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oor wullie

I call it: Animal Sense.

Posted on 2017.06.23 at 17:58
Tags: , , , ,
I watched, "Far from the Madding Crowd," today - a well-done representation of the novel. (I have several of Thomas Hardy's books, but have never even read, "Tess." However, I have always praised him as a poet, and was given a nice collection of his poems by a relative). The main character in this movie was a progressive, independent woman, ahead of her time. On the other hand, some of that was just naivete, and she was constantly undoing herself by attachments to men, making it seem like it would be impossible for a woman to be independent and still love a man, who have this problem of tending towards being controlling psychopaths. Hardy must have chosen the name, "Bathsheba," to rouse salacious public interest, but, like the figure in the bible, THIS Bathsheba was so attractive that she had a swirl of men falling around her, respectfully, of course, because this is England.

Bathsheba's last name was, "Everdene." What recent character had almost the same last name? That's right, Katniss Everdeen, from the Hunger Games. This was a tip of the hat, by Suzanne Collins, to Bathsheba's independence - with a flawed proclivity to attract damaging attention.

Bathsheba Everdene found herself conflicted between three men. Of course, the formerly well-off "peasant", who stood by her all along and was the source of much of her 'independent' success, ended up being her final love. Naively, she had been sexually seduced by a dandy soldier, whom she married, and who was later shot by her obsessive wealthy and older suitor. So, because of the trap of her paradoxical lust for a male asshole, and her idyllic wish to be free forever, and her blind stringing along of the two other men, what happened? What we wanted to think of as a strong woman ended up bringing men to battle each other, somewhat, as a result of her weakness and indecision.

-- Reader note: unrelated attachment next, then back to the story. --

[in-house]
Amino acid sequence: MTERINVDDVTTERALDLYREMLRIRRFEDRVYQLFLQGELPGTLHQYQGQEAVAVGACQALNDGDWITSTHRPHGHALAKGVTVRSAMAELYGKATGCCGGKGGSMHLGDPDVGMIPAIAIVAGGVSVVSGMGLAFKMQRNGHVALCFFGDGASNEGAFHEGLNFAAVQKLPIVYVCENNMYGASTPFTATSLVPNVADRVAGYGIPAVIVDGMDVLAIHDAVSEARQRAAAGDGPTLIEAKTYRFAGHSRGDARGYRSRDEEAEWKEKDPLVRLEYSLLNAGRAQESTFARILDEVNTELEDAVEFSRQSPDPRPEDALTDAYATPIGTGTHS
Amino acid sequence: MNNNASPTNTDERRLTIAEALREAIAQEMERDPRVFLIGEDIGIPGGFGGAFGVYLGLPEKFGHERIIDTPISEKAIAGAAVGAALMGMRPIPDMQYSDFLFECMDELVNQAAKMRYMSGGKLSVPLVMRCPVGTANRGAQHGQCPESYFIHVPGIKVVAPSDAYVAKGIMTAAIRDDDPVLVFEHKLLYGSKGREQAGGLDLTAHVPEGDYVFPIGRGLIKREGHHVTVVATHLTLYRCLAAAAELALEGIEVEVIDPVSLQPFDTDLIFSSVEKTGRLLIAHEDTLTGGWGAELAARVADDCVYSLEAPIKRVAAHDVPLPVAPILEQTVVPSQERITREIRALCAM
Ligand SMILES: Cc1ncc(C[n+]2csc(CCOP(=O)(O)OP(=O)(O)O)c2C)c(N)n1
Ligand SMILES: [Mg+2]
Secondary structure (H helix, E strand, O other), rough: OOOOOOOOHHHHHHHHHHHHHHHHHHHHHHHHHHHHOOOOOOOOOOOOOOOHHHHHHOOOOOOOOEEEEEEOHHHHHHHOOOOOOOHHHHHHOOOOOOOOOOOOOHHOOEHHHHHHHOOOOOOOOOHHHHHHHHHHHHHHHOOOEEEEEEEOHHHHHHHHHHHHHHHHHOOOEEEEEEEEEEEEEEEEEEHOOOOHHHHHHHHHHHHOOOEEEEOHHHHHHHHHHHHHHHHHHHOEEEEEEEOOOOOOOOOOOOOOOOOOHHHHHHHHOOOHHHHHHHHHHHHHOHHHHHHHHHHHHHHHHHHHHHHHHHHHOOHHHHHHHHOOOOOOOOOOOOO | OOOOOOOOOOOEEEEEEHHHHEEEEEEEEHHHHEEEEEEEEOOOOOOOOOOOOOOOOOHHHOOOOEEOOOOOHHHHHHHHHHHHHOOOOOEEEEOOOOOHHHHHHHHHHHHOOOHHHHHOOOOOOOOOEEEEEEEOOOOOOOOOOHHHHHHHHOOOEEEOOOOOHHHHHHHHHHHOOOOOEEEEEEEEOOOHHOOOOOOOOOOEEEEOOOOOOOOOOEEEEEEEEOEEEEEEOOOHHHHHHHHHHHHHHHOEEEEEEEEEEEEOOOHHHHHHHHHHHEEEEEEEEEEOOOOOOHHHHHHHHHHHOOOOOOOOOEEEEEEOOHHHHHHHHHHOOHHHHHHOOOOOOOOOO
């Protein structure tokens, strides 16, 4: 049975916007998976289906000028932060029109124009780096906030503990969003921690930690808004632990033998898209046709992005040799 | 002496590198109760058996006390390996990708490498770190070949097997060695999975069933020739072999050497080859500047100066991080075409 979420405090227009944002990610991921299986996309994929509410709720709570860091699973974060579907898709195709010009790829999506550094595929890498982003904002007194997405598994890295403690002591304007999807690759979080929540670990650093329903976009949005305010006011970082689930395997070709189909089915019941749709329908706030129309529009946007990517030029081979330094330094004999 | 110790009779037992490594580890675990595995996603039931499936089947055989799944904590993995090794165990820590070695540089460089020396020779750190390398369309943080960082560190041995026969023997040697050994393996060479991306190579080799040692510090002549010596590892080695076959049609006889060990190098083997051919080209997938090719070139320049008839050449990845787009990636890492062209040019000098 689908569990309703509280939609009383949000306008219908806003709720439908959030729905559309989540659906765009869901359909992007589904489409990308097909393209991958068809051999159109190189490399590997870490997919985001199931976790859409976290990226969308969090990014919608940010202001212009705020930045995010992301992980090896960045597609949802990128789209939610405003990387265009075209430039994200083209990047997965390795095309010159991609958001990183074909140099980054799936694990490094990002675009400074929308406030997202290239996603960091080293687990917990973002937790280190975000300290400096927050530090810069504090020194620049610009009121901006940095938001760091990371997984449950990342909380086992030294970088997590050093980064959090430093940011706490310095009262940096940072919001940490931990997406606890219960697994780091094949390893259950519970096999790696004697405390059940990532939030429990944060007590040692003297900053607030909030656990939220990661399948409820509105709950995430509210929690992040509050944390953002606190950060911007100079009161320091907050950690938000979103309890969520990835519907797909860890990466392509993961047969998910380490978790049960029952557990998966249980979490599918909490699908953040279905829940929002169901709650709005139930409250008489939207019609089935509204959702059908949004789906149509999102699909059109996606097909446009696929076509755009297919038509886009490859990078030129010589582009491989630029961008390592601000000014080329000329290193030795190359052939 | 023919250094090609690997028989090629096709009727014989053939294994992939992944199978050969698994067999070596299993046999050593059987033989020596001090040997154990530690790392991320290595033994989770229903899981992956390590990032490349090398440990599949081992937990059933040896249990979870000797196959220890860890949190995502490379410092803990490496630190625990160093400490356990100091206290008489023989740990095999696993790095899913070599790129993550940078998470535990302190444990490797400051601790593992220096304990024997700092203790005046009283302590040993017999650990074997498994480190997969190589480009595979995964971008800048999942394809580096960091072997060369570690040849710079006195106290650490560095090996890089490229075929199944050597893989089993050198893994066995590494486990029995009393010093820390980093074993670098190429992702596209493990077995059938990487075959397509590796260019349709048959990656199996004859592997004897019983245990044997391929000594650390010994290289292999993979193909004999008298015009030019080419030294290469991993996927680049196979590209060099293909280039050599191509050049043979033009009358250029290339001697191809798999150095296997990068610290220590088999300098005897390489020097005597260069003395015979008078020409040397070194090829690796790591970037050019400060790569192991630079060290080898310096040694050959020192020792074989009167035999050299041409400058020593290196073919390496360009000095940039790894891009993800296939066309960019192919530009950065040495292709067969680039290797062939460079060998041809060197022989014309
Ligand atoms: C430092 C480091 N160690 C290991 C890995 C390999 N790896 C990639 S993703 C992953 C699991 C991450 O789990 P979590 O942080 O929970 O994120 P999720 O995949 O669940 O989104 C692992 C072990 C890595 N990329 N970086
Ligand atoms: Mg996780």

Strangely enough, I have also been studying the Apatow-Sandler movie, "Funny People." It's kind of a similar story. The female tries to make this move and that, blindly seeking revenge or whatever, not really knowing what she is doing, but being 'independent', and the result is that three men get into a big fight in order to resolve everything.

Now, I would like to think that the 1870's were a time prior to real female ascendancy. And maybe I would "like" to think that 2009 was already a year marking the waning of female power in real America. But, what if this is the same as it ever was - throughout the ages? The female moves a little this way or that, screws up the psycho males, then a war happens, and eventually everything settles back down into some numbingly acceptable status-quo? If so, what was female empowerment all about anyway, in the first place? I like to look to people like Nightingale and Alcott. But, the men in their lives were also critical. I just don't know anymore. Methinks that the female species is born to play off of men, and enrage them, ergo the race, all for a crib.